Call for Taiwan Police to Stop Pressuring Media for Protest Information

The International Federation of Journalists (IFJ) urges Taiwan’s

National Police Agency (NPA) to stop asking media personnel for information

about protesters at a recent public demonstration.

 

According to the Association of

Taiwan Journalists (ATJ), an IFJ affiliate, members of the Taiwan police have reportedly asked media

workers to provide photographs of demonstrators who participated in the “Yellow

Ribbon Siege” protest against a meeting between Taiwan President Ma Ying-jeou and chairman

of the Association for Relations Across the Taiwan Straits (ARATS) Chen Yunlin

on November 16. The protest was reportedly organised by the Democratic

Progressive Political Party.

 

The ATJ said there were concerns that police would seek to pressure

photojournalists who refused the request for information by approaching their

employers.

 

“The police have put the reporters in grave danger by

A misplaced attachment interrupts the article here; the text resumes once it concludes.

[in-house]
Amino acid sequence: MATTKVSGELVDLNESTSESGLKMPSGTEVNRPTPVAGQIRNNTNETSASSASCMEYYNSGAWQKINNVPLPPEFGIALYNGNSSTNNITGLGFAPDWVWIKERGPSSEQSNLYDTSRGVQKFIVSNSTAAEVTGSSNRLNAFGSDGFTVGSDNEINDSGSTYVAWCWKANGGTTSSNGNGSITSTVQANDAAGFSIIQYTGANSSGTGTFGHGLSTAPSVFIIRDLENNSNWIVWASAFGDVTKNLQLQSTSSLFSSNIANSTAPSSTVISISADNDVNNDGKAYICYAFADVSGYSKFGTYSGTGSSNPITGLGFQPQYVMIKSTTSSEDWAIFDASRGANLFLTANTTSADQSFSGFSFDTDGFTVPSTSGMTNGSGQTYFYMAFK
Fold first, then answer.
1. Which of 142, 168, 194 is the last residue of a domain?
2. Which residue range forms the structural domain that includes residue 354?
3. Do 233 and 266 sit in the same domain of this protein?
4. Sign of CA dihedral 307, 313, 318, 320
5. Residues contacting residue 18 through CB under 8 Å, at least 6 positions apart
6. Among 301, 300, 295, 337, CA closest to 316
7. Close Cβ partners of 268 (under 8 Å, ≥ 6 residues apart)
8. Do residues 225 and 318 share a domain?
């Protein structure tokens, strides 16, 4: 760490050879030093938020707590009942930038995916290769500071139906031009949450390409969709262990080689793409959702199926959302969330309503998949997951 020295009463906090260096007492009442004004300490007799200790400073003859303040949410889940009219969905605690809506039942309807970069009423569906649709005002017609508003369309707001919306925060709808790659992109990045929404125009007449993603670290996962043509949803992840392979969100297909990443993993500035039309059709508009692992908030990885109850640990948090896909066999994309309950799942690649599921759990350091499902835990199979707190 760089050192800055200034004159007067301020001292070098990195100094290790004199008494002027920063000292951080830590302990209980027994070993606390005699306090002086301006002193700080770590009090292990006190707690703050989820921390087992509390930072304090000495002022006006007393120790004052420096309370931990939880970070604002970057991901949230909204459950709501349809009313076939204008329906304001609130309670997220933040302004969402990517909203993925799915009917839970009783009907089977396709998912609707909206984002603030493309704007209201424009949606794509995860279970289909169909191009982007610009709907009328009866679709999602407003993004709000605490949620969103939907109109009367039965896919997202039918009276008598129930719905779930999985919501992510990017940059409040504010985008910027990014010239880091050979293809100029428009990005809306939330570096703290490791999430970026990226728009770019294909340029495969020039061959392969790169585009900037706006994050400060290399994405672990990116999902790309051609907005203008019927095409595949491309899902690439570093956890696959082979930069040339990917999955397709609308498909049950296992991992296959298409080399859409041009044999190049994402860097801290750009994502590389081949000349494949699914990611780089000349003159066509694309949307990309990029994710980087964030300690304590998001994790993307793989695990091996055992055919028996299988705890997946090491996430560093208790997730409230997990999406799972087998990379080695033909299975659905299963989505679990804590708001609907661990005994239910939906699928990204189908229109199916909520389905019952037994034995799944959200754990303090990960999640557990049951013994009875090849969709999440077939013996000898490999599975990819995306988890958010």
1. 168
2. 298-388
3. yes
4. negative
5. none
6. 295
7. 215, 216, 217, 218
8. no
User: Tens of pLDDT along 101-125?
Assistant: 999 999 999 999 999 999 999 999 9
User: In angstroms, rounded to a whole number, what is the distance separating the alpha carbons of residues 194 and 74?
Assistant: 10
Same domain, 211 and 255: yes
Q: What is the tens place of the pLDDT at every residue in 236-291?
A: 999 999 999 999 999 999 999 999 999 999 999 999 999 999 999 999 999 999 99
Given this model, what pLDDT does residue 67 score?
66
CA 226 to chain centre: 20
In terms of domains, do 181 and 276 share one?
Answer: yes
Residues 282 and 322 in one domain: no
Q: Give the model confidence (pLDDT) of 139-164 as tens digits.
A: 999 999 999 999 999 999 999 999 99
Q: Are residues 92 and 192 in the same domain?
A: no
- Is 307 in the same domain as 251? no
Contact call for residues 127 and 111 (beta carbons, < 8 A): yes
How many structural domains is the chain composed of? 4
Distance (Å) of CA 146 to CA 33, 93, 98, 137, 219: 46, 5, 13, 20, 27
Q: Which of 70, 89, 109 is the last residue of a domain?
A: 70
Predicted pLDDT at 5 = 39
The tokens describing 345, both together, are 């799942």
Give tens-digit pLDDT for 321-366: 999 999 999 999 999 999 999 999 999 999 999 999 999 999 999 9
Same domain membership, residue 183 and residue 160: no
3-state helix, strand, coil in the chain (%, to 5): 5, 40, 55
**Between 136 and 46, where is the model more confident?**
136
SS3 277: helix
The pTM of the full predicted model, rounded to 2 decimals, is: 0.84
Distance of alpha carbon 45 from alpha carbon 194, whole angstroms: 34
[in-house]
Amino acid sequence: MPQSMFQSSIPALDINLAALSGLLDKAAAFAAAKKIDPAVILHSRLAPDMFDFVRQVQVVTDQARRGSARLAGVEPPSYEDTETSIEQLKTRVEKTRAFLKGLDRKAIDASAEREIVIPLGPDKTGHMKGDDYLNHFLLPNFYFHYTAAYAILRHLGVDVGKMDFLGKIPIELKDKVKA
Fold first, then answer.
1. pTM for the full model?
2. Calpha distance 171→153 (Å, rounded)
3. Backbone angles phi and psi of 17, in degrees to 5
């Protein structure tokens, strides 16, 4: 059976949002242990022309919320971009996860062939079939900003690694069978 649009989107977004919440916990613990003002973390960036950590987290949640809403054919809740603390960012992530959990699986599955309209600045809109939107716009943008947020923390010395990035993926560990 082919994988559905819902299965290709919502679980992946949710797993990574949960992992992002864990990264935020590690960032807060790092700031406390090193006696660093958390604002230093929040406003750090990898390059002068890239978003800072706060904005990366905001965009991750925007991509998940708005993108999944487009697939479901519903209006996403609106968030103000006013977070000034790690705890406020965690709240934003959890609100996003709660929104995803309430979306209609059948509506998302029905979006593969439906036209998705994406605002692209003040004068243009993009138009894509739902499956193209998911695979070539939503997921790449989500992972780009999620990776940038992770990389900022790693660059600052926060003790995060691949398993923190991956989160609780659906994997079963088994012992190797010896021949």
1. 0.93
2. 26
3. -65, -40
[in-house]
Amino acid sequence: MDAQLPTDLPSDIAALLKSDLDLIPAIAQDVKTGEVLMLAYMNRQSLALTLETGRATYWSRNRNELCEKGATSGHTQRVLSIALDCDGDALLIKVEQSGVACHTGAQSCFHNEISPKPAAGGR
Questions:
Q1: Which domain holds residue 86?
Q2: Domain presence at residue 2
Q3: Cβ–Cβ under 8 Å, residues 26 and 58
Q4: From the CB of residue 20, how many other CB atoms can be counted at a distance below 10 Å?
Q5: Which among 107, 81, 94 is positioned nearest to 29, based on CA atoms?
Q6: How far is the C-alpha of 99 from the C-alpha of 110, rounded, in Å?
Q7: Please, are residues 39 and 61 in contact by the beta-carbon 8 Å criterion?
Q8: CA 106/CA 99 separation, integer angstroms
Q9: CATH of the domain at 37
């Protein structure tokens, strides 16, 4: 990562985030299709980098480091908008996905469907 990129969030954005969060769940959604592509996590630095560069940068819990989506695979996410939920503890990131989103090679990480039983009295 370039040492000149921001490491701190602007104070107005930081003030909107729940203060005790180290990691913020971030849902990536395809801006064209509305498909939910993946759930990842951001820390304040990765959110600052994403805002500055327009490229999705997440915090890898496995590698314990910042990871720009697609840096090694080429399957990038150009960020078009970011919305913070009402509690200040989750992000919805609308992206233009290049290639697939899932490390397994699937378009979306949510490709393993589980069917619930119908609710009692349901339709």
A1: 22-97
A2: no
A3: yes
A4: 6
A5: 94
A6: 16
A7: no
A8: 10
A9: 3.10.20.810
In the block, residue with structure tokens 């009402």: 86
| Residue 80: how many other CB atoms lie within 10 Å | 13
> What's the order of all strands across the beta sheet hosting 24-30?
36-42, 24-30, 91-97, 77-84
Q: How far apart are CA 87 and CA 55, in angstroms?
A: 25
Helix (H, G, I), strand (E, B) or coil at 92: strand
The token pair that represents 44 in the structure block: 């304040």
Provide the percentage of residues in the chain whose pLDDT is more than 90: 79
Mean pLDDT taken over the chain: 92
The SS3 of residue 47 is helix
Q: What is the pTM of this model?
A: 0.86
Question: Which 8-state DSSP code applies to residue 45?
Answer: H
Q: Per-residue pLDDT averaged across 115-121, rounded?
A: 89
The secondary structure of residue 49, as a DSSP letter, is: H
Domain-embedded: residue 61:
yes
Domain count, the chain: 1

demanding that they rat on their interviewees,”

ATJ president Leon Chuang said.

 
On November 18, Leon Chuang and several

reporters requested a meeting with NPA Director-General Wang Cho-chun to

resolve the issue, but the request was declined.

 

“The duty of a journalist is to report the truth and to protect

his or her sources. Journalists must not be compelled to act as agents to

collect information on behalf of government authorities. Police interference of

this kind places freedom of the independent press in jeopardy,” IFJ Asia-Pacific said.


“The IFJ urges Taiwan’s

authorities to respect press freedom and ensure that they do not compromise journalists’

integrity. All media outlets are also urged to defend press freedom and refrain

from handing over photographs.”

 

Increasing police pressure on Taiwan’s media has been reported

since early November. An independent documentary film-maker was detained by

police while she was filming Chen in a hotel on November 4.. In a separate

incident, a television reporter was assaulted

by police who reportedly mistook him for a protester during the November 16 rally.

 

For further

information contact IFJ Asia-Pacific on +612 9333 0919

 

The IFJ

represents over 600,000 journalists in

120 countries worldwide